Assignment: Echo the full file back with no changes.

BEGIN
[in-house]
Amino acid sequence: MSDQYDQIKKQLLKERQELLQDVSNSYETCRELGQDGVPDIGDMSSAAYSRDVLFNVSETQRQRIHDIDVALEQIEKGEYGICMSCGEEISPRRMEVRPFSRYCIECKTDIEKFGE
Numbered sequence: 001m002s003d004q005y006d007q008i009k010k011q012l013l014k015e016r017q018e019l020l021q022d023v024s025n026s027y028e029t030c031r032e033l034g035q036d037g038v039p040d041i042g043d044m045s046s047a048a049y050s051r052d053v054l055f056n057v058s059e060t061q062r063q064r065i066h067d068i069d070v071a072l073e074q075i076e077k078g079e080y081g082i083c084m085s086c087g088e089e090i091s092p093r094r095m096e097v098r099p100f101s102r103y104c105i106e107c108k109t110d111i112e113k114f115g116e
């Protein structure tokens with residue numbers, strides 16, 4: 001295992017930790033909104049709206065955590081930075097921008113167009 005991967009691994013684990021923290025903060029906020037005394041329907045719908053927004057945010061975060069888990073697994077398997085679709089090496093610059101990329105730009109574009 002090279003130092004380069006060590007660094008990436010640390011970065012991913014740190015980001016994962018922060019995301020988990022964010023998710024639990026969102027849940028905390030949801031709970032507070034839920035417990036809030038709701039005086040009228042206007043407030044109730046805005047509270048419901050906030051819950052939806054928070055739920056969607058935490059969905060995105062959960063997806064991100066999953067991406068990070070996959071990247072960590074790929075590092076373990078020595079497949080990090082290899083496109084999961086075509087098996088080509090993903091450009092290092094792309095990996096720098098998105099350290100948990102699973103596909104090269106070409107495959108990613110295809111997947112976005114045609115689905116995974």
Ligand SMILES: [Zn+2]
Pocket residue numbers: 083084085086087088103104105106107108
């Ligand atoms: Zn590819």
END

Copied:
[in-house]
Amino acid sequence: MSDQYDQIKKQLLKERQELLQDVSNSYETCRELGQDGVPDIGDMSSAAYSRDVLFNVSETQRQRIHDIDVALEQIEKGEYGICMSCGEEISPRRMEVRPFSRYCIECKTDIEKFGE
Numbered sequence: 001m002s003d004q005y006d007q008i009k010k011q012l013l014k015e016r017q018e019l020l021q022d023v024s025n026s027y028e029t030c031r032e033l034g035q036d037g038v039p040d041i042g043d044m045s046s047a048a049y050s051r052d053v054l055f056n057v058s059e060t061q062r063q064r065i066h067d068i069d070v071a072l073e074q075i076e077k078g079e080y081g082i083c084m085s086c087g088e089e090i091s092p093r094r095m096e097v098r099p100f101s102r103y104c105i106e107c108k109t110d111i112e113k114f115g116e
């Protein structure tokens with residue numbers, strides 16, 4: 001295992017930790033909104049709206065955590081930075097921008113167009 005991967009691994013684990021923290025903060029906020037005394041329907045719908053927004057945010061975060069888990073697994077398997085679709089090496093610059101990329105730009109574009 002090279003130092004380069006060590007660094008990436010640390011970065012991913014740190015980001016994962018922060019995301020988990022964010023998710024639990026969102027849940028905390030949801031709970032507070034839920035417990036809030038709701039005086040009228042206007043407030044109730046805005047509270048419901050906030051819950052939806054928070055739920056969607058935490059969905060995105062959960063997806064991100066999953067991406068990070070996959071990247072960590074790929075590092076373990078020595079497949080990090082290899083496109084999961086075509087098996088080509090993903091450009092290092094792309095990996096720098098998105099350290100948990102699973103596909104090269106070409107495959108990613110295809111997947112976005114045609115689905116995974």
Ligand SMILES: [Zn+2]
Pocket residue numbers: 083084085086087088103104105106107108
């Ligand atoms: Zn590819």